A'mon (Heb., Amon', אָמוֹן, builder [the deriv. of No. 3 is prob. different]), the name of three men and a deity.
1. (Sept. Α᾿μμών, and Ε᾿μήρ v. r. Σεμήρ.) The governor of the city of Samaria in the time of Ahab, to whose custody the prophet Micaiah was delivered (1Ki 22:26; 2Ch 18:25), B.C. 895.
2. (Sept. Α᾿μών v. r. Α᾿μώς.) The son of Manasseh (by Meshullemeth the daughter of Haruz of Jotbah), and fifteenth separate king of Judah, B.C. 642-640. He appears to have derived little benefit from the instructive example which the sin, punishment, and repentance of his father offered; for he restored idolatry, and again set up the images which Manasseh had cast down. To Amon's reign we must refer the terrible picture which the prophet Zephaniah gives of the moral and religious state of Jerusalem;
idolatry supported by priests and prophets (1, 4; 3, 4), the poor ruthlessly oppressed (3, 3), and shameless indifference to evil (3, 11). He was assassinated in a courit conspiracy; but the people put the regicides to death, and raised to the throne his son Josiah, then but eight years old (2Ki 21:18-26; 2Ch 33:20-25). He is mentioned among the ancestors of Christ (Α᾿μών, Mt 1:10; comp. 1Ch 3:14; Jer 1:2; Jer 25:3; Zep 1:1). SEE JUDAH, KINGDOM OF.
3. (Sept. Α᾿μμών.) AMMON SEE AMMON , an Egyptian and Libyan god, in whom the classical writers unanimously recognize their own Zeus and Jupiter (Α᾿μοῦν, Herod. 2, 42; ῎Αμμων, Diod. Sic. 1, 13). The primitive seat of his worship appears to have been at Meroe, from which it descended to Thebes, and thence, according to Herodotus (2, 54), was transmitted to the oasis of Siwah and to Dodona; in all which places there were celebrated oracles of this god (Plut. Isid. c. 9; Alex. c. 72; Arnotius, 6, 12; Justin, 11, 11; Strabo, 1, 49 sq.; 17, 814). His chief temple and oraclein Egypt, however, were at Thebes, a city peculiarly conseerated to him, and which is probably meant by the No and No-Amon of the prophets, the Diospolis of the Greeks. He is generally represented on, Egyptian monuments by the seated figure of a man with a ram's head, or by that of an entire ram, and of a blue color (Wilkinson, 2 ser. 1, 243 sq.). In honor of him, the inhabitants of the Thebaid abstained from the flesh of sheep, but they annually sacrificed a ram to him and dressed his image in the hide. A religious reason for that ceremony is assigned by Herodotus (2, 42); but Diodorus (3, 72) ascribes his wearing horns to a more trivial cause, There appears to be no account of the manner in which his oracular responses were given; but as a sculpture at Karnak, which Creuzer (Symbol. 1, 507) has copied from the Description de l'Egypte, represents his portable tabernacle mounted on a boat and borne on the shoulders of forty priests, it may be conjectured, from the resemblance between several features of that representation, and the description of the oracle of Jupiter Ammon in Diodorus, 17:50, that his responses were communicated by some indication during the solemn transportation of his tabernacle. (See Smith's Dict. of Class. Biog. s.v. Ammon.) That the name of this god really occurs in the passage "Behold, I will punish the multitude (literally, Amon) of No" (Jer 46:25), is a view favored by the context and all internal grounds; but in the parallel passage; Eze 30:15, the equivalent hamon, הָמוֹן, is employed. Comp. also Eze 30:4,10, for the use of the latter word with reference to Egypt. These cases, or at least the former two, seem therefore to be instances of paronomasia (comp. Isa 30:7; Isa 65:11-12). It is also undoubtedly referred to in the name NO-AMMON, SEE NO, given to Thebes (Na 3:8, where the English text translates "populous No"). The etymology of the name is obscure. Eustathius (ad Dionys. Perieg. p. 125, ed. Bernhardy) says that, according to some, the word means shepherd. Jablonski (Panth. AEgypt. 1, 181) proposed an etymology by which it would signify producing light; and Champollion originally regarded it as meaning glory (Egypte sous les Pharaons, 1, 247), but, in his latest interpretation (after Manetho in Plut.), assigned it the sense of hidden. The name accompanying the above figure on the monuments is written Amn, more fully Amn-Re, i.e. "Amon-Sun" (Gesenius, Thes. Heb. p. 115). Macrobius asserts (Saturnal. 1, 21) that the Libyans adored the sun under the form of Ammon; and he points to the ram's horns as evidence of a connection with the zodiacal sign Aries (Muller, Archaol. p. 276; Pauly, Real-Encycl. 1, 407 sq.); but this has been disputed (Jomard, Descr. de l'Egypte; Bahr, Synbolik d. Mos. Cultus, 2, 296, 641), although it would seem unsuccessfully (Creuzer, Symbolik, 2, 205; Schmidt, De Zodiaci origine AEq. p. 33, in his Opusc. quibus res AEg. illustrantur, Carolsr. 1765). SEE EGYPT; SEE HIEROGLYPHICS.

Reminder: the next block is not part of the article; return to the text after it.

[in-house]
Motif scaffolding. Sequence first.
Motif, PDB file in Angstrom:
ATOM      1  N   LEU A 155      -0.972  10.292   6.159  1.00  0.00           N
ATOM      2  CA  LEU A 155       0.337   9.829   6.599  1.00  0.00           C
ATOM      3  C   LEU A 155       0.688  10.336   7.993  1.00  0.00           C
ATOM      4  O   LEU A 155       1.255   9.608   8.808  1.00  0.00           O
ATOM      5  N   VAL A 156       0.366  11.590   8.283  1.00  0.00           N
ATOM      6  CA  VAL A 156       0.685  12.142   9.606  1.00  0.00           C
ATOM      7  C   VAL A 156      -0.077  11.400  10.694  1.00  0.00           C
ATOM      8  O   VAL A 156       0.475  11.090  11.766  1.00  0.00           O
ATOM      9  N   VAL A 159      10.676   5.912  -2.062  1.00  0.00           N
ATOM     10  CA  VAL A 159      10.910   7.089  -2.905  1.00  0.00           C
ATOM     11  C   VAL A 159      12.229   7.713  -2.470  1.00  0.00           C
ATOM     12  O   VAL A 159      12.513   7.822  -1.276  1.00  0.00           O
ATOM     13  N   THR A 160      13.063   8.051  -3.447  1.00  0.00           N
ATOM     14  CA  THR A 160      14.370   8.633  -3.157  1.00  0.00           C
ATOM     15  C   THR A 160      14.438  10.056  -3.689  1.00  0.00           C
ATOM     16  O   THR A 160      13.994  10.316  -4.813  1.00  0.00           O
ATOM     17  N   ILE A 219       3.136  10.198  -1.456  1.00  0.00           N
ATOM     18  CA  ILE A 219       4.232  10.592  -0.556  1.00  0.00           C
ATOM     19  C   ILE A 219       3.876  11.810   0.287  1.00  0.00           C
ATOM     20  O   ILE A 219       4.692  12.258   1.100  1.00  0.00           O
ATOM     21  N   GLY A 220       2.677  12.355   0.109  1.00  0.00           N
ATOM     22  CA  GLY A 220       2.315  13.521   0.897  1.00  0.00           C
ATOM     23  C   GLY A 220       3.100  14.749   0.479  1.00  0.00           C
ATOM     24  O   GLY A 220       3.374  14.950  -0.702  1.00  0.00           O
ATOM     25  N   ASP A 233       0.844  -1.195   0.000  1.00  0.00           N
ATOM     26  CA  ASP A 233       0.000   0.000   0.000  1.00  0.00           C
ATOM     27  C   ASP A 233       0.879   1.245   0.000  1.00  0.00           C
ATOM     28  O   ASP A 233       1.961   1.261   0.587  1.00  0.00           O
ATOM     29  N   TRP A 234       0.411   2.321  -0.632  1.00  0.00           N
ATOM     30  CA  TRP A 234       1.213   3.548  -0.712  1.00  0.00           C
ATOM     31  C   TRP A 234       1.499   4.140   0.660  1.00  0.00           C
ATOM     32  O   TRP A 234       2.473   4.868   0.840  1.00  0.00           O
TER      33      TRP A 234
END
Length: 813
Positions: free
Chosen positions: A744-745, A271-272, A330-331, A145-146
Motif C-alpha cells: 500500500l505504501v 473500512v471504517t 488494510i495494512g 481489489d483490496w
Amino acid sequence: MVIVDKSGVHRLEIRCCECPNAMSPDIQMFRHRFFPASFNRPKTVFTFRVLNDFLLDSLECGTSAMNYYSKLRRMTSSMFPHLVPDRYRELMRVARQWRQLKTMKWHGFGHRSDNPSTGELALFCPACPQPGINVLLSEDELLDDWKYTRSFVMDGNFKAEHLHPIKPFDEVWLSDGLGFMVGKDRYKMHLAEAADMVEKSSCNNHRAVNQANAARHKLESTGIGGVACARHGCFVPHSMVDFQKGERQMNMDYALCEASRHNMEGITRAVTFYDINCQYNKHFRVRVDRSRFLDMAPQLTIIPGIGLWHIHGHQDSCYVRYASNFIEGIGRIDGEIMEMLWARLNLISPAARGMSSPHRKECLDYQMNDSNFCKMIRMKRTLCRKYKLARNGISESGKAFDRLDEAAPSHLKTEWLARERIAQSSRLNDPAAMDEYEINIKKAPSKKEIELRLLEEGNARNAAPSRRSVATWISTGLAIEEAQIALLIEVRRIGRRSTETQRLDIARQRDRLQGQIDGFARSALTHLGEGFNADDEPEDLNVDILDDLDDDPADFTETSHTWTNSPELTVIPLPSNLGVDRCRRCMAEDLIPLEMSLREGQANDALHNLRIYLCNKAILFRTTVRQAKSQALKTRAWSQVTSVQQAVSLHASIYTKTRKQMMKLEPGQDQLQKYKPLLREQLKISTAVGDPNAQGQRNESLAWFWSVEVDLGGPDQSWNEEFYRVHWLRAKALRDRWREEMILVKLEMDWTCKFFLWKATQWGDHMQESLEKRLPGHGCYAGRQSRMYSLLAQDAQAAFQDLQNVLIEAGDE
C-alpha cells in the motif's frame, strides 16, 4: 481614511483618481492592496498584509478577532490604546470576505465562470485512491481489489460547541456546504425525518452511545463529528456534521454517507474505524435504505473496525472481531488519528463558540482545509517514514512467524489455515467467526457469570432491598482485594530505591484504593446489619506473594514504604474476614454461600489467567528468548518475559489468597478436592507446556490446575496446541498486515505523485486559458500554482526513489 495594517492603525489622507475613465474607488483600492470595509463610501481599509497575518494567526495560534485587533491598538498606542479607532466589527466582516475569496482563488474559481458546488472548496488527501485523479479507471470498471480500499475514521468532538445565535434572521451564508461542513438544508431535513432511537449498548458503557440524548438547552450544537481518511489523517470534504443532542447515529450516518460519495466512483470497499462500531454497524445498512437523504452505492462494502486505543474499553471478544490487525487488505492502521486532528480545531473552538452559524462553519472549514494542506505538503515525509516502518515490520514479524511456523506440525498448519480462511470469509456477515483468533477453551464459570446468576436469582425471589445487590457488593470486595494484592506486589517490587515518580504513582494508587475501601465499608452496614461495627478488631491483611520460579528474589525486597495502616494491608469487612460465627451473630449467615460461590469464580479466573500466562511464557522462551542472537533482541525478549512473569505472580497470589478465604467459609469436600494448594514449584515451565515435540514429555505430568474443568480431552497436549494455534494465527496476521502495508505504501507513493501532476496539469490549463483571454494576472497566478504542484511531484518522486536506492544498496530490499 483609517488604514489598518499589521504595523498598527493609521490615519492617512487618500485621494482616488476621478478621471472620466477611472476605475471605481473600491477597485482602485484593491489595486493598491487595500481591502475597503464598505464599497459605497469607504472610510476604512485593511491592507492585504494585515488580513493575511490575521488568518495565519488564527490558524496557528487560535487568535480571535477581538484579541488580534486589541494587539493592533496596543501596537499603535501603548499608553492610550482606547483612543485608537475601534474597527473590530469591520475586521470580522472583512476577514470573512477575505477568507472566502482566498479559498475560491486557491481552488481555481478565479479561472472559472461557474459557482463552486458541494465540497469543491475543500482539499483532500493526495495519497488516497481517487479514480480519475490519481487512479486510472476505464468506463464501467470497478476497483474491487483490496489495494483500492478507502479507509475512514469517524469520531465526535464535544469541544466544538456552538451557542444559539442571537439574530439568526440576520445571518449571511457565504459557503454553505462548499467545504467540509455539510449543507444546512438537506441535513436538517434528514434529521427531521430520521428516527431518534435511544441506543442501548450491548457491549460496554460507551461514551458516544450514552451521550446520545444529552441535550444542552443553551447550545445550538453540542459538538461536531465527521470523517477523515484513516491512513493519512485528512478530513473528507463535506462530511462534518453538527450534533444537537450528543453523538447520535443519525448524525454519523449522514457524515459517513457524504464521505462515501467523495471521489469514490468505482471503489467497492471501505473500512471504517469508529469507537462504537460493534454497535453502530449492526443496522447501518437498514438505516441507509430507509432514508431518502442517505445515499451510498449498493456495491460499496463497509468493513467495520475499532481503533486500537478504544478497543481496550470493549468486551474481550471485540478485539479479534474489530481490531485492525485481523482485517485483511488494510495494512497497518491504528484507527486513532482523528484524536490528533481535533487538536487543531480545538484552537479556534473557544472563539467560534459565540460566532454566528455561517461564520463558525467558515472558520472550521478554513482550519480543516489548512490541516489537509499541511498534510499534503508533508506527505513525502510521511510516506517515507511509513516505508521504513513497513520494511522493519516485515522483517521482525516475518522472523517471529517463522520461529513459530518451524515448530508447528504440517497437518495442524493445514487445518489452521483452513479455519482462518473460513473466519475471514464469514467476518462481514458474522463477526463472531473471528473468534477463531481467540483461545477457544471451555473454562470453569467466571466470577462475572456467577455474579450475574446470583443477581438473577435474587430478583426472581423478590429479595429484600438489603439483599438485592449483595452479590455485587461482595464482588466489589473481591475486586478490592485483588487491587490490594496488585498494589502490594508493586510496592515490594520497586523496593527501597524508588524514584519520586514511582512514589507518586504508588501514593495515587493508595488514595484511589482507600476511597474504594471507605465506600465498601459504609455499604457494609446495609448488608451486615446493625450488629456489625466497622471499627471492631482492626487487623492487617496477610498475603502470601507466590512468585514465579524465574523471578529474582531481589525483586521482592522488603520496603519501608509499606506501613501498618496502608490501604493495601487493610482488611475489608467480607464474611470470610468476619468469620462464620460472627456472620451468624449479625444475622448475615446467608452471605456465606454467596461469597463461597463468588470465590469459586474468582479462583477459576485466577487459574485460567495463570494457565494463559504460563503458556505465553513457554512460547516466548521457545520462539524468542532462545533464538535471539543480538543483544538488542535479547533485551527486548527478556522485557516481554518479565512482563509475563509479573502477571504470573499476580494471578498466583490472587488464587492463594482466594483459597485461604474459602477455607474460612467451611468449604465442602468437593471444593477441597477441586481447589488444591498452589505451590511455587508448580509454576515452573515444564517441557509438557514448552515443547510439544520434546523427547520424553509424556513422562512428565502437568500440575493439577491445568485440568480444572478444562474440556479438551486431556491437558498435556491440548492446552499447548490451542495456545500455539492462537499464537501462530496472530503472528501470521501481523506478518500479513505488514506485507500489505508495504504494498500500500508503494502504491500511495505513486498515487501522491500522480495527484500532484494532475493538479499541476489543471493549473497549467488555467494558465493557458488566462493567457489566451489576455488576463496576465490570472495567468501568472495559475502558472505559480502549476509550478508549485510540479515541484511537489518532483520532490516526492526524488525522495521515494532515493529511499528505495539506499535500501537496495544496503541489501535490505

4. (Sept. ᾿Ημειμ v. r. ᾿Ημίμ.) The head or ancestor of one of the families of the "Solomon's servants" that returned from Babylon (Ne 7:59); called AMI in Ezr 2:57. B.C. ante 536.